But who would replace him? In seeking commanders, Lincoln looked for men who had won battles. A veteran and inveterate politician, skilled at managing and even manipulating those around him, Lincoln had no fears of surrounding himself with critics. Given his limited experience and the criticism he faced, previous reputations meant little to him: Lincoln’s support for Grant made clear that he valued results over rumors, even the ones that surrounded Hooker and prompted one officer to describe Hooker’s headquarters as a corps commander as “a place which no self-respecting man liked to go, and no decent woman could go. It was a combination of barroom and brothel.”
With all of that in mind, Lincoln named Hooker to replace Burnside and handed his new commander a letter. Hooker told a reporter, “That is just such a letter as a father might write to his son. It is a beautiful letter, and, although I think he was harder on me than I deserved, I will say that I love the man who wrote it.” Lincoln expressed admiration for his bravery and pleasure with his stated desire to avoid partisan politics, but he referred to “some things in regard to which, I am not quite satisfied with you.” He said, “I have heard, in such way as to believe it, of your recently saying that both the Army and the Government needed a Dictator. Of course it was not for this, but in spite of it, that I have given you the command. Only those generals who gain successes, can set up dictators. What I now ask of you is military success, and I will risk the dictatorship.” He also warned him about some of his behavior under Burnside’s command: “I think… you have taken counsel of your ambition, and thwarted him as much as you could, in which you did a great wrong to the country, and to a most meritorious and honorable brother officer…. I much fear that the spirit which you have aided to infuse into the Army, of criticising their Commander, and withholding confidence from him, will now turn upon you.” Lincoln proved perceptive.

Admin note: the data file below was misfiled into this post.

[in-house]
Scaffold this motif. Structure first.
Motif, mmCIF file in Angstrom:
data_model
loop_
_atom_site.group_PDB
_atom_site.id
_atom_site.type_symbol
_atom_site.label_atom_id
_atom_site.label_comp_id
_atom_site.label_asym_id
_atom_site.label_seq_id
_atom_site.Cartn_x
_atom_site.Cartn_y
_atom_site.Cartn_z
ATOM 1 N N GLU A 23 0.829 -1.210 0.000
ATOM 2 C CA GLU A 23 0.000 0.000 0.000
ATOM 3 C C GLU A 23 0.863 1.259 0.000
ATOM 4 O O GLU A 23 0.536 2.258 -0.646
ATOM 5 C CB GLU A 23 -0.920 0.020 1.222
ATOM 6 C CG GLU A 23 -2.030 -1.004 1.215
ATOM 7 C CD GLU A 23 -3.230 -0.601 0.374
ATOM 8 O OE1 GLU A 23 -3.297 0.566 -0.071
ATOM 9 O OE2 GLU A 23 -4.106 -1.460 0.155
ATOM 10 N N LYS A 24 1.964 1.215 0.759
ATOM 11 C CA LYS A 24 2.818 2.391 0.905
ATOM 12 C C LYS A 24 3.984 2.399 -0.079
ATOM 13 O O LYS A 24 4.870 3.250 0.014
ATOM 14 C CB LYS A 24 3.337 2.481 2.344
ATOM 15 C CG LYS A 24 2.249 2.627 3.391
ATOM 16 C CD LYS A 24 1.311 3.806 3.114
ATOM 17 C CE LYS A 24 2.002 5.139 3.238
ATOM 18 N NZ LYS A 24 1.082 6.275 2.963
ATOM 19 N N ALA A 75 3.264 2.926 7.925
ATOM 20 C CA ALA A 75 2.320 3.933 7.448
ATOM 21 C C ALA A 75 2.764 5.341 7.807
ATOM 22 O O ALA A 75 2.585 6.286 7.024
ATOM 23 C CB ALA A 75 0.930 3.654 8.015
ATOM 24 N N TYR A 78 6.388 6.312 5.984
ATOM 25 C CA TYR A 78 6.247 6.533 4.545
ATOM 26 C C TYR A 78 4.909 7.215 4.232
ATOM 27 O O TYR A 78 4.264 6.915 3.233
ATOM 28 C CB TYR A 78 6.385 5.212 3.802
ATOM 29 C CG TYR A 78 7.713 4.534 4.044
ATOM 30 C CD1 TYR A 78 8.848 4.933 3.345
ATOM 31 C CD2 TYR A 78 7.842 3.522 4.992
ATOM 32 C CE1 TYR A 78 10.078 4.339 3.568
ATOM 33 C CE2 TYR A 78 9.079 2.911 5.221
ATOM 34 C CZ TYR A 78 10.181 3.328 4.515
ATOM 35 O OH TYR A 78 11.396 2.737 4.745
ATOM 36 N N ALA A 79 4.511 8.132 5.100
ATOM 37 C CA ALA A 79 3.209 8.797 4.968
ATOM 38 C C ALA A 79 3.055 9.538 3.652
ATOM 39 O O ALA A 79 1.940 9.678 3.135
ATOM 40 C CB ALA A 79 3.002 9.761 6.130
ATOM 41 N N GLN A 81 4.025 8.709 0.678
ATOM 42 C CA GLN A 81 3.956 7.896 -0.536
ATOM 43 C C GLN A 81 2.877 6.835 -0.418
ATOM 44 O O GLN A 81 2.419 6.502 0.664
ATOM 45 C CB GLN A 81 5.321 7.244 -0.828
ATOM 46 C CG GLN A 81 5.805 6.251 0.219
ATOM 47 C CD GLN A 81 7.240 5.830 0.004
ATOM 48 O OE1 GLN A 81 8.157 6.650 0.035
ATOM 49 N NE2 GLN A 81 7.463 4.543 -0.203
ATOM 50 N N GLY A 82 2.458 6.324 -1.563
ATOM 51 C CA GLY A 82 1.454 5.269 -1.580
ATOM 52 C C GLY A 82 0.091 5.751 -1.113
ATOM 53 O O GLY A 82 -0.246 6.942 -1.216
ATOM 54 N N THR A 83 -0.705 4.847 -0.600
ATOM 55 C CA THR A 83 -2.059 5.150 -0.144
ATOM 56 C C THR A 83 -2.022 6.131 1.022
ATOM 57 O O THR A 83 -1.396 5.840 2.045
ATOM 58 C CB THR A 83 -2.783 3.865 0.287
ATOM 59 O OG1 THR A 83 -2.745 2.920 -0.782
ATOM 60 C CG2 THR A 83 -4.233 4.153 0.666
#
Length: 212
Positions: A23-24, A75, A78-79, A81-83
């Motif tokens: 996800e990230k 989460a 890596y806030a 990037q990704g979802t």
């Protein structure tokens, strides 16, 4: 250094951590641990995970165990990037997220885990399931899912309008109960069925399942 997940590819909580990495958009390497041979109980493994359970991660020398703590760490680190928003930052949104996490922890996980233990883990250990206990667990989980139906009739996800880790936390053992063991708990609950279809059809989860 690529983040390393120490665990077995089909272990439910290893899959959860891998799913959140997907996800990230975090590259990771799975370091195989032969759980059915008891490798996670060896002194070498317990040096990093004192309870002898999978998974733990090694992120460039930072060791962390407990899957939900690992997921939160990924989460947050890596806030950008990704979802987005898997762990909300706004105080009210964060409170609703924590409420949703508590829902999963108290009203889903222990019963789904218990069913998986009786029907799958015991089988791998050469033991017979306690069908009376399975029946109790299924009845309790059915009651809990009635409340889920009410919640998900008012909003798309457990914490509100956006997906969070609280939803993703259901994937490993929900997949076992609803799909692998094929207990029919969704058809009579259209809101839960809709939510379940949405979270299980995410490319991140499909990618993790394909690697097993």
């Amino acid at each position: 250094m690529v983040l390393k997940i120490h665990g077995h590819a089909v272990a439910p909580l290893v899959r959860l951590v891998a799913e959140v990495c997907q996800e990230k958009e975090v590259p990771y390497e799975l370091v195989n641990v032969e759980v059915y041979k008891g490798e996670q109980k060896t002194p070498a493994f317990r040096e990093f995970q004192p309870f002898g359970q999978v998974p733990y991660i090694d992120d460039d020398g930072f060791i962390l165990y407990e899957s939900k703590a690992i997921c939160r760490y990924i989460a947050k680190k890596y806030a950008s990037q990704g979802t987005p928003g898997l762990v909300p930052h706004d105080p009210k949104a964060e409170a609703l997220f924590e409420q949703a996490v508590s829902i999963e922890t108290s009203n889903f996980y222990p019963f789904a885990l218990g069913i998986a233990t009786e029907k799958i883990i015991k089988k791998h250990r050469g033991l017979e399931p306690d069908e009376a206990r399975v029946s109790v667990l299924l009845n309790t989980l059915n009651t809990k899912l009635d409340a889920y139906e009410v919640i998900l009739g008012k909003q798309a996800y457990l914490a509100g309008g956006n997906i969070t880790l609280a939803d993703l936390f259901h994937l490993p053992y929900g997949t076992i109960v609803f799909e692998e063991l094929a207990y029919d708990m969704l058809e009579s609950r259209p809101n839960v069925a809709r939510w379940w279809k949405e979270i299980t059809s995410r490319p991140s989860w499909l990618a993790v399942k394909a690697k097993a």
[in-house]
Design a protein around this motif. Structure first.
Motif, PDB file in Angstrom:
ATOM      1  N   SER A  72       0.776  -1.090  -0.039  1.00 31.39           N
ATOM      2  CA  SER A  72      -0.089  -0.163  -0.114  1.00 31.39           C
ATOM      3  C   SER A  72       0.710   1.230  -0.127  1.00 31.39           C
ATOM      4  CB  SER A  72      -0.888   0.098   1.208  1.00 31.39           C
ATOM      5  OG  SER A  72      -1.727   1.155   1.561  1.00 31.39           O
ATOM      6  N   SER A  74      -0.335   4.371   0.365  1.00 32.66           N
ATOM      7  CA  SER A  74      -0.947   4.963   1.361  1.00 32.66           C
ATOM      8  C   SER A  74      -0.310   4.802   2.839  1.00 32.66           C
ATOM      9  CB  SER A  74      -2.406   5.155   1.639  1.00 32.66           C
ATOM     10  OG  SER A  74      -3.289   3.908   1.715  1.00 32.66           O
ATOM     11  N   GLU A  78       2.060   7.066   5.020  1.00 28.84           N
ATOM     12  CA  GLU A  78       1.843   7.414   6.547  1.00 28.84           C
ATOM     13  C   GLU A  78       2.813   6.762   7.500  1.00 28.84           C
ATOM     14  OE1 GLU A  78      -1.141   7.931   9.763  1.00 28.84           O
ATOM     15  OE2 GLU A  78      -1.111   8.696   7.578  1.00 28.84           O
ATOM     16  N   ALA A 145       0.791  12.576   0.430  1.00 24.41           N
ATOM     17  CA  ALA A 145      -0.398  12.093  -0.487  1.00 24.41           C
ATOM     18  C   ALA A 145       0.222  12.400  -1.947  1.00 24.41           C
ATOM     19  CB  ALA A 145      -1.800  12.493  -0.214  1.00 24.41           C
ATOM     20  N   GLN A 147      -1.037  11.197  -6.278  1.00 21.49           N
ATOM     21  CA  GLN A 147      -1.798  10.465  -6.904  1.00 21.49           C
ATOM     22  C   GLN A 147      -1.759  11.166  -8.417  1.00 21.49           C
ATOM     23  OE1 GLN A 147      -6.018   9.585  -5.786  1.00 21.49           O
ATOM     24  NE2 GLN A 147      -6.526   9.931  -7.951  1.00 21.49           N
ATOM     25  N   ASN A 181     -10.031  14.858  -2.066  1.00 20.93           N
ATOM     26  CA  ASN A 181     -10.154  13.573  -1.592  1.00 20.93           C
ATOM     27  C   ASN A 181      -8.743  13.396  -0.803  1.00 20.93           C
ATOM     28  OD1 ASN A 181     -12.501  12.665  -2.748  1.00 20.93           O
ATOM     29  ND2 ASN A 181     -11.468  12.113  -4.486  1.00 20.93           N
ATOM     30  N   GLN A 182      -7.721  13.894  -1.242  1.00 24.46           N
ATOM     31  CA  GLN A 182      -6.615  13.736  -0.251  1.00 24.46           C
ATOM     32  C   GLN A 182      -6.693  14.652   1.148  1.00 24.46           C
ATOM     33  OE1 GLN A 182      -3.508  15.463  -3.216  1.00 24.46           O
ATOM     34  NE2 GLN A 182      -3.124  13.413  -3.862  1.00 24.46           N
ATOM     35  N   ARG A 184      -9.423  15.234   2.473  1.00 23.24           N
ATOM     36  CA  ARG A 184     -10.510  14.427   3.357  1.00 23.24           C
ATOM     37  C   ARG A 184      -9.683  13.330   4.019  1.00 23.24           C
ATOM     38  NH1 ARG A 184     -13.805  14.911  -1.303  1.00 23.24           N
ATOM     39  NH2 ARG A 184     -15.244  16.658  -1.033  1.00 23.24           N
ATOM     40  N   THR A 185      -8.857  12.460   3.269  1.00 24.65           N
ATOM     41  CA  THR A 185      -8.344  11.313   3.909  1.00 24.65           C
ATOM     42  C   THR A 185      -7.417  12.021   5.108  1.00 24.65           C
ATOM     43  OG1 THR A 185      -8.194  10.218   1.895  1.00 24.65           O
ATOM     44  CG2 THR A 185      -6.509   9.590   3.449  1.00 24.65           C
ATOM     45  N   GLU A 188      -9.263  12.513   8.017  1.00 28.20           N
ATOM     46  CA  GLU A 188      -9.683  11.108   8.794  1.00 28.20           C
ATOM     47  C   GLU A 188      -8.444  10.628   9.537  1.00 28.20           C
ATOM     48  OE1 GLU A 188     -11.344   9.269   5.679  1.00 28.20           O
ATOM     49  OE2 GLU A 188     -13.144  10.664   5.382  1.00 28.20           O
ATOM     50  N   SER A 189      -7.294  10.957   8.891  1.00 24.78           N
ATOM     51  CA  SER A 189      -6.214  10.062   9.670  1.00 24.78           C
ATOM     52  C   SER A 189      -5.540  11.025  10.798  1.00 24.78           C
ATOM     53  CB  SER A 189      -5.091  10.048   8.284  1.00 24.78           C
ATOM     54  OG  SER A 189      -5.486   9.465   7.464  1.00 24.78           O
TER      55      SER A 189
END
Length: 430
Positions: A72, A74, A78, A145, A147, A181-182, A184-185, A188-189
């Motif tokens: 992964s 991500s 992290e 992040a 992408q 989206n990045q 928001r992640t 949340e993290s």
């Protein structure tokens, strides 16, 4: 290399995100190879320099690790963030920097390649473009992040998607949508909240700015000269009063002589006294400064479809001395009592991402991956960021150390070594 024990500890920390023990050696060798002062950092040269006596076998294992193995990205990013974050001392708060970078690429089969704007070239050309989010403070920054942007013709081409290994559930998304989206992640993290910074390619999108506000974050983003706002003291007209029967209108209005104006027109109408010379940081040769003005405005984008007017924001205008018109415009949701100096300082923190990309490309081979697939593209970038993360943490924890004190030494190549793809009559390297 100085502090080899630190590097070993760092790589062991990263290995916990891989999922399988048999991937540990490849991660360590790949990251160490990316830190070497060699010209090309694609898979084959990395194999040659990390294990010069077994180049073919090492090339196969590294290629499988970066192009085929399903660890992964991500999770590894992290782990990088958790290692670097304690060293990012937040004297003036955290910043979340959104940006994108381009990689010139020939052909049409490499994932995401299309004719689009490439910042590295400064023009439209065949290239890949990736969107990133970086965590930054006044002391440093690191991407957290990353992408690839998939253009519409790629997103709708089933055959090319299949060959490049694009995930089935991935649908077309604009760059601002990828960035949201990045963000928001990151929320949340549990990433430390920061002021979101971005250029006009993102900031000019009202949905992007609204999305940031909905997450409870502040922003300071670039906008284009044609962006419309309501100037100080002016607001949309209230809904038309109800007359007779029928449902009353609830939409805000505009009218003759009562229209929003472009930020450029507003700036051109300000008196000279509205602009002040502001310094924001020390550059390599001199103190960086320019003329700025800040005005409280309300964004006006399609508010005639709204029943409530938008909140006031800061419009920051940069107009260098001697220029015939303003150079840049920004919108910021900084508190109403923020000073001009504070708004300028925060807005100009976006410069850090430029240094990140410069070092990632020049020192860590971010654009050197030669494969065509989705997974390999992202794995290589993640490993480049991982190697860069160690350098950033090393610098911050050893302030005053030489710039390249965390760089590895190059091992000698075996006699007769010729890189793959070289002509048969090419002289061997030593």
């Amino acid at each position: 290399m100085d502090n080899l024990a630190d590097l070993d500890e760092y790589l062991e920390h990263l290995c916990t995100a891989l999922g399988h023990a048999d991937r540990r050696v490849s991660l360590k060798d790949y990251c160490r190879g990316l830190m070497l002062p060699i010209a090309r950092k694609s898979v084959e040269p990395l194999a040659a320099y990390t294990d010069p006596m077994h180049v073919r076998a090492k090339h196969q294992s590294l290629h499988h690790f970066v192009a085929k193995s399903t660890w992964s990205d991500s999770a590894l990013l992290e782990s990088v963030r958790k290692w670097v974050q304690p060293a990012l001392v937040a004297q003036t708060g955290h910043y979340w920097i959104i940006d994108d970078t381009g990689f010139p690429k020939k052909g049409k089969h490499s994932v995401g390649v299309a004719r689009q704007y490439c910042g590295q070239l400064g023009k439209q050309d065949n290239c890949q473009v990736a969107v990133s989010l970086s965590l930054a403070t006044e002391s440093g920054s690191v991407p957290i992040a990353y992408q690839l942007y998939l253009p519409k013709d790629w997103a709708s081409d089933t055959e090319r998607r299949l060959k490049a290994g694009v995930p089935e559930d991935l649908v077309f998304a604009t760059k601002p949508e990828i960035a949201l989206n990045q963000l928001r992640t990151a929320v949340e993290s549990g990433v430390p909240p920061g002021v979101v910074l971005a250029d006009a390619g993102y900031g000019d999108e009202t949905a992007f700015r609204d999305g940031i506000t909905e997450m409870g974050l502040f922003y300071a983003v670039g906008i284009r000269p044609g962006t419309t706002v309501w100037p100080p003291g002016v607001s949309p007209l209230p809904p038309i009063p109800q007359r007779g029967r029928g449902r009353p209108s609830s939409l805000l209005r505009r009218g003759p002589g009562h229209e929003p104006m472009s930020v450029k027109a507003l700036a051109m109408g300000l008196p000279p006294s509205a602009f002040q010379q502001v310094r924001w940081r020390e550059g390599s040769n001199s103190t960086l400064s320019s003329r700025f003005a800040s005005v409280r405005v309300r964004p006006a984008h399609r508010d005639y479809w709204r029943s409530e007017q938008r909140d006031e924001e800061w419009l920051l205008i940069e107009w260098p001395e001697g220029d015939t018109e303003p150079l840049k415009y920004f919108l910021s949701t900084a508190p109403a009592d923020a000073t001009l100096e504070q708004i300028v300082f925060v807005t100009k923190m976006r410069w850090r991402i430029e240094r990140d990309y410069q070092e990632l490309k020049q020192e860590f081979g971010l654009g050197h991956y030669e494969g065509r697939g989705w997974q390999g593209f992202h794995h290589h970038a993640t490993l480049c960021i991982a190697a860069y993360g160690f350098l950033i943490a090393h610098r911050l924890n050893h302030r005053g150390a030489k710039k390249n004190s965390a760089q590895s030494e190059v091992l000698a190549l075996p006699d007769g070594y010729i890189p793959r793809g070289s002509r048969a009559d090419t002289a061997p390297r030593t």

Hooker did one part of his job well: reorganizing the army. Conditions improved so much that one soldier wrote, “Under Hooker, we began to live.” But Lincoln was wrong about Hooker’s politics: he appointed commanders according to their loyalty rather than their ability.
Hooker also had too much confidence. “May God have mercy on General Lee,” he said, “for I will have none.” He divided what he called “the finest army on the planet” three ways to cut off Lee’s communications and force him to retreat or fight. Hooker seemed surprised when Lee chose the latter at Chancellorsville on May 1, 1863. One of his old officers said of Hooker that he “could play the best game of poker I ever saw until it came to the point where he should go a thousand better, and then he would flunk.” Hooker flunked in another way: a cannonball struck a wooden column he was leaning against and he suffered what seems to have been a concussion, but refused to give up command. The finest army on the planet suffered a humiliating defeat. Lincoln mourned, “My God! My God! What will the country say?”
In the wake of the battle, Lincoln’s warning was realized as Hooker’s subordinates openly criticized him. When Hooker threatened to resign rather than defend Harper’s Ferry against a rebel attack, Lincoln replaced him with one of his quieter corps commanders, George Gordon Meade. Three days later, Meade’s army met Lee’s at Gettysburg.
Hooker’s career was far from over. He proved an able corps commander in the Army of the Cumberland, but resented Grant’s obvious preference for his old comrade Sherman and the selection of General Oliver O. Howard to head the Army of the Tennessee, again displaying a tendency to play politics in the military and to suffer for his previous problems. He remained a subordinate through the end of the war and retired from the army in 1868.
On the bicentennial of his birth, Hooker serves as a reminder of the dangers of military officers playing politics. He is mostly remembered now for misbehavior and as one of the sad list of officers to whom Lincoln turned before finding the right leader in Grant, who also suffered from a dubious reputation at several points in his career. But Grant appears to have understood one of Lincoln’s homely metaphors for describing Hooker: “The hen is the wisest of all the animal creation, because she never cackles until the egg is laid.”
Michael Green is an associate professor of history at UNLV. In 2015, the University of Nevada Press will publish his Nevada: A History of the Silver State. He also is the author of Lincoln and the Election of 1860 (Southern Illinois University Press) and other works on the nineteenth century and the American West.